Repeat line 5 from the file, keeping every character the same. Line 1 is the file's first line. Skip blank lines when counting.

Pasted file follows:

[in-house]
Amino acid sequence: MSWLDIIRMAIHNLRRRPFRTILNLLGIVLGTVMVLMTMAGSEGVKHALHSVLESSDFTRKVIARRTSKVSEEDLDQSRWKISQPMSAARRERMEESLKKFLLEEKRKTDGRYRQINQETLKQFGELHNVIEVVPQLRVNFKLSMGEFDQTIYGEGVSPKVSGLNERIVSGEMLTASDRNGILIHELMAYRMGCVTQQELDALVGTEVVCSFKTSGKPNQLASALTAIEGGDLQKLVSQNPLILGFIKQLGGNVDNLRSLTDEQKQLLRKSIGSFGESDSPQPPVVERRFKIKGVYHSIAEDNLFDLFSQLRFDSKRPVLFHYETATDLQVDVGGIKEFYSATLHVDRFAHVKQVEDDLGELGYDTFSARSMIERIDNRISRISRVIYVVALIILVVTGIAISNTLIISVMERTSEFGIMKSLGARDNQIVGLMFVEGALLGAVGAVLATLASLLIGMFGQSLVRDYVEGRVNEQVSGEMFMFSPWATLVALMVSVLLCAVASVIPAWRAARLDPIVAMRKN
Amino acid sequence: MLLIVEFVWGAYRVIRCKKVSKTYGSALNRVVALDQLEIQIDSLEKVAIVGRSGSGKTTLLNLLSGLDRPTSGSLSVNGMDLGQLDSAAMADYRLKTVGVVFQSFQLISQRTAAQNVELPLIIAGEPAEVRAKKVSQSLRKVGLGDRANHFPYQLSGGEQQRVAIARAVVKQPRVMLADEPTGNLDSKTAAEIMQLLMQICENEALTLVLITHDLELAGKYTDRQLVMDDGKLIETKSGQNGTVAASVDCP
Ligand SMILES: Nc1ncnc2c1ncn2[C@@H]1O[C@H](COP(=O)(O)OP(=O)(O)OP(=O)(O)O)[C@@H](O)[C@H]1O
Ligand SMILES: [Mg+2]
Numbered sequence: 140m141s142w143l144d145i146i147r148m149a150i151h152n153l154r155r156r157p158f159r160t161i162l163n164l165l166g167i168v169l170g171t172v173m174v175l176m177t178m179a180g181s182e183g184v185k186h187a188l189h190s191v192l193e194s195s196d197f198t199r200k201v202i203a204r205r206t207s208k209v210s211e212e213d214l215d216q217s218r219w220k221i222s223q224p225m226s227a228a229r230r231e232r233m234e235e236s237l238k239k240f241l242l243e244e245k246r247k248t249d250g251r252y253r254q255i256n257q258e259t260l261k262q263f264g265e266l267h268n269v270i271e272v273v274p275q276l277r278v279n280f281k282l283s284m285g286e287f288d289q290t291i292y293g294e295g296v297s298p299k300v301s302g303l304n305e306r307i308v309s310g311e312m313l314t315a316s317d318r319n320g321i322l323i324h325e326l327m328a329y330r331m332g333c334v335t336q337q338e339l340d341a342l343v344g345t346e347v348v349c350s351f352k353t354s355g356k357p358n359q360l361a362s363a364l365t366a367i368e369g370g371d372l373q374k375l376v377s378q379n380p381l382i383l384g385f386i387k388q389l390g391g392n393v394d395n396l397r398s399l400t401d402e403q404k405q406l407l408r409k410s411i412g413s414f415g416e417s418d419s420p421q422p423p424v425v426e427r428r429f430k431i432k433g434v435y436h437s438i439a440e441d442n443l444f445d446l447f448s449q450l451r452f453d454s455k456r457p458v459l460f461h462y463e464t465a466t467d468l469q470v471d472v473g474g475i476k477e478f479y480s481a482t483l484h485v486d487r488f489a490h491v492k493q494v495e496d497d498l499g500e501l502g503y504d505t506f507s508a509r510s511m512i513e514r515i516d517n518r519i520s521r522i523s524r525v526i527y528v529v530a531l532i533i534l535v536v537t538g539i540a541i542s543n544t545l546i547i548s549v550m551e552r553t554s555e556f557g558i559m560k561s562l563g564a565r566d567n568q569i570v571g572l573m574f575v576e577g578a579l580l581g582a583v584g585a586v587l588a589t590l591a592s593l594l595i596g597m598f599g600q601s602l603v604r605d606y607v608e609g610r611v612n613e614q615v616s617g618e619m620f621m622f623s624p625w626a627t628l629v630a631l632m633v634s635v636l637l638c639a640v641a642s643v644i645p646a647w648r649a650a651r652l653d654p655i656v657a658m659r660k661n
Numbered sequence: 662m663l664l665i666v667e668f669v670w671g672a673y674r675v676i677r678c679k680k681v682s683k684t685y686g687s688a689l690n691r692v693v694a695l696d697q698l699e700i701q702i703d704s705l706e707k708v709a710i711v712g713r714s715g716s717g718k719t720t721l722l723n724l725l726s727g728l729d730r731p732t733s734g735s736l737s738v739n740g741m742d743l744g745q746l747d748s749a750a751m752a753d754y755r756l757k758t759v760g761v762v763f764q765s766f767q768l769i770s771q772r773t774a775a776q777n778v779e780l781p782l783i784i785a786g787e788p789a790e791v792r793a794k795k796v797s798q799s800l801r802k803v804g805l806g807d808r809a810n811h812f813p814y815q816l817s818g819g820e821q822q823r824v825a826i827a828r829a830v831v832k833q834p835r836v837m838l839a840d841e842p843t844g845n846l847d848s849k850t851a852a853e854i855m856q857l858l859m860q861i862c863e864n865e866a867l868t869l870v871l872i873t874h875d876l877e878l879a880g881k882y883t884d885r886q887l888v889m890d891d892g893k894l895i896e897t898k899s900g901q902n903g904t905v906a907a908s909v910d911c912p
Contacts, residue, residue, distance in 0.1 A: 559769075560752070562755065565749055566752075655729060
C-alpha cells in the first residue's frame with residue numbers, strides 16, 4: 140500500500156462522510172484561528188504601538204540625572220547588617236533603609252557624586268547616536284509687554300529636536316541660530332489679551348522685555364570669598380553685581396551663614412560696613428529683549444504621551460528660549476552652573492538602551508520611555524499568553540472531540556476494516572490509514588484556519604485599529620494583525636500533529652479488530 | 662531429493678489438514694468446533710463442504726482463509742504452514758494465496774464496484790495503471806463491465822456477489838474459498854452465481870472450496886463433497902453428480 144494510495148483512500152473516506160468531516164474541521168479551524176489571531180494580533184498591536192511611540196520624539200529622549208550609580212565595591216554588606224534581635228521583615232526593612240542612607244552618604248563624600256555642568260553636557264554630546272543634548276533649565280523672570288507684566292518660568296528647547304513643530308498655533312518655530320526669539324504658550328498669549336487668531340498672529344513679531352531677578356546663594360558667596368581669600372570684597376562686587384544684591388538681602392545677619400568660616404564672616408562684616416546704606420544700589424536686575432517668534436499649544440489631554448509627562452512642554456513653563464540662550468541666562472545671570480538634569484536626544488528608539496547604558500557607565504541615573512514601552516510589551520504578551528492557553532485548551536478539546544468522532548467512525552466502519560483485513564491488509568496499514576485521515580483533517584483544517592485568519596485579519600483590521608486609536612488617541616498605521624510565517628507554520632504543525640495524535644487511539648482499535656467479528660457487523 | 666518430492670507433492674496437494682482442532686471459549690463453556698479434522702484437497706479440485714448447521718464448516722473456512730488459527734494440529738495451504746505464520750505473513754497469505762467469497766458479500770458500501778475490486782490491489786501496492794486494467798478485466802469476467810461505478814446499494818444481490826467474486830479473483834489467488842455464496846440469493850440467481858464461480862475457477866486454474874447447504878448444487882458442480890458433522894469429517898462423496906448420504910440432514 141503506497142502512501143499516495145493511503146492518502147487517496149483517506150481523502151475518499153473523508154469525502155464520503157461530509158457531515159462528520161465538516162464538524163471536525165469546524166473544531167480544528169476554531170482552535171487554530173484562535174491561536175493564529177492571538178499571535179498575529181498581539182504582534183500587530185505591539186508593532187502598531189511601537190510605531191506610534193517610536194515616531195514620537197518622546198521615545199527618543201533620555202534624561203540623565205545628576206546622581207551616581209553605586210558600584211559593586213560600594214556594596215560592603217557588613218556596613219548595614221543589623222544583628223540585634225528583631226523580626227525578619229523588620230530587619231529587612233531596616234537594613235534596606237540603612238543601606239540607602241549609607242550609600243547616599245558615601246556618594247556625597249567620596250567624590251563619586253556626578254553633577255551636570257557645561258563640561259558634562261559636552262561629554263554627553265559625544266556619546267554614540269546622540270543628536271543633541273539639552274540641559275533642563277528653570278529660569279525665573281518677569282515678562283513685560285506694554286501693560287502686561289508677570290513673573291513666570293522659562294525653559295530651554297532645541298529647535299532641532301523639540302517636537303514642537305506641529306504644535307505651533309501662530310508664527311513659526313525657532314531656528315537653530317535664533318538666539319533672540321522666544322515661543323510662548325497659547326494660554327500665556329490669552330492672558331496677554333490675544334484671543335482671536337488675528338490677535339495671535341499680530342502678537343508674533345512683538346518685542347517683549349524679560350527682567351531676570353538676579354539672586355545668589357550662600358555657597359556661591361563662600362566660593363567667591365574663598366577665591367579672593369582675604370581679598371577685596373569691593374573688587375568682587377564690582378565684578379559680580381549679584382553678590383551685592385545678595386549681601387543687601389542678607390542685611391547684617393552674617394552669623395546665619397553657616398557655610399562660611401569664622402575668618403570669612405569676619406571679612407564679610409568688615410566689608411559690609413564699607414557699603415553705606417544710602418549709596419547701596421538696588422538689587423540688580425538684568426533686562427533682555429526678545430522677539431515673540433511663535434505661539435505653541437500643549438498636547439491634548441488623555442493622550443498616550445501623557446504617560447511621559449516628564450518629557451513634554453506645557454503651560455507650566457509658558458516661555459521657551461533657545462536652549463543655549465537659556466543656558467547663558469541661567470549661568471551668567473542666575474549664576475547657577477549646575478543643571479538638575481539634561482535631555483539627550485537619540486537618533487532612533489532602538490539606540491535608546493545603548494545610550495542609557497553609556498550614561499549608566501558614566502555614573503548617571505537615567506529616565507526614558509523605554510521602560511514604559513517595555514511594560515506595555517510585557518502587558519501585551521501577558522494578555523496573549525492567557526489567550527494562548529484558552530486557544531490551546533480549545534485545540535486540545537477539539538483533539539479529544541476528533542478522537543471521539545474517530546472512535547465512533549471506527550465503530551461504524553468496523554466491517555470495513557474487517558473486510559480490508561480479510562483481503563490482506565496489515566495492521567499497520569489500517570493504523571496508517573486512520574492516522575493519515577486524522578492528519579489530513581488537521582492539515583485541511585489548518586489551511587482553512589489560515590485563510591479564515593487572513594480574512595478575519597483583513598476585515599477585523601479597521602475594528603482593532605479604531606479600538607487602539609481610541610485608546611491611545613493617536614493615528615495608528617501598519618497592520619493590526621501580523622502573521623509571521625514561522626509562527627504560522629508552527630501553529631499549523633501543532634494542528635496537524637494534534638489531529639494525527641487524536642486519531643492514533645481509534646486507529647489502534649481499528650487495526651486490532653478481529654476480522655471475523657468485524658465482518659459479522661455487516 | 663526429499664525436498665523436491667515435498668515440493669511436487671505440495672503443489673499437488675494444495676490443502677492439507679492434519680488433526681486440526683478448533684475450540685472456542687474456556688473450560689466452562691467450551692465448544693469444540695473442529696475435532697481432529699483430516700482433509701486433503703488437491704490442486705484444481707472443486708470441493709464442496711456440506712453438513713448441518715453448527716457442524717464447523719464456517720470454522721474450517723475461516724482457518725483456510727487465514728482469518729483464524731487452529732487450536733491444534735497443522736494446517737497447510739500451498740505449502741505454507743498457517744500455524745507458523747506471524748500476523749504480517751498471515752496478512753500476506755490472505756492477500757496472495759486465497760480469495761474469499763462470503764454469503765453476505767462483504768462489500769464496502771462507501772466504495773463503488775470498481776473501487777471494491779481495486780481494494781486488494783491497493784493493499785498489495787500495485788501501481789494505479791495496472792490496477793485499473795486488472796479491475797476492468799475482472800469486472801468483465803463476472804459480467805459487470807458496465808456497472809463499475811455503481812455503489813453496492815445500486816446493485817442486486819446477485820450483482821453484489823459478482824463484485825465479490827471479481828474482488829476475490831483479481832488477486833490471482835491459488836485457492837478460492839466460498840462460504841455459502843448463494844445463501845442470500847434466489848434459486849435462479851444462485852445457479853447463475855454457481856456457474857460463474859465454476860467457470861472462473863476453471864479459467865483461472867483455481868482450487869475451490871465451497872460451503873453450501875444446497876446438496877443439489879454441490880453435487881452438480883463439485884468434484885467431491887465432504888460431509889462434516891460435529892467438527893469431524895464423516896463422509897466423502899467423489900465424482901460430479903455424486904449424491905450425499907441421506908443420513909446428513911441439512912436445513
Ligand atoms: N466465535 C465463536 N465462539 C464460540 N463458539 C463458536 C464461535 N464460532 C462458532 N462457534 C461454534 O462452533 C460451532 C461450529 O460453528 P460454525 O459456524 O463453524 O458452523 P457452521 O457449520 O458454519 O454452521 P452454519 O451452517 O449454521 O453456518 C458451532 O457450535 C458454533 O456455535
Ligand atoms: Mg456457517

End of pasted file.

Ligand SMILES: [Mg+2]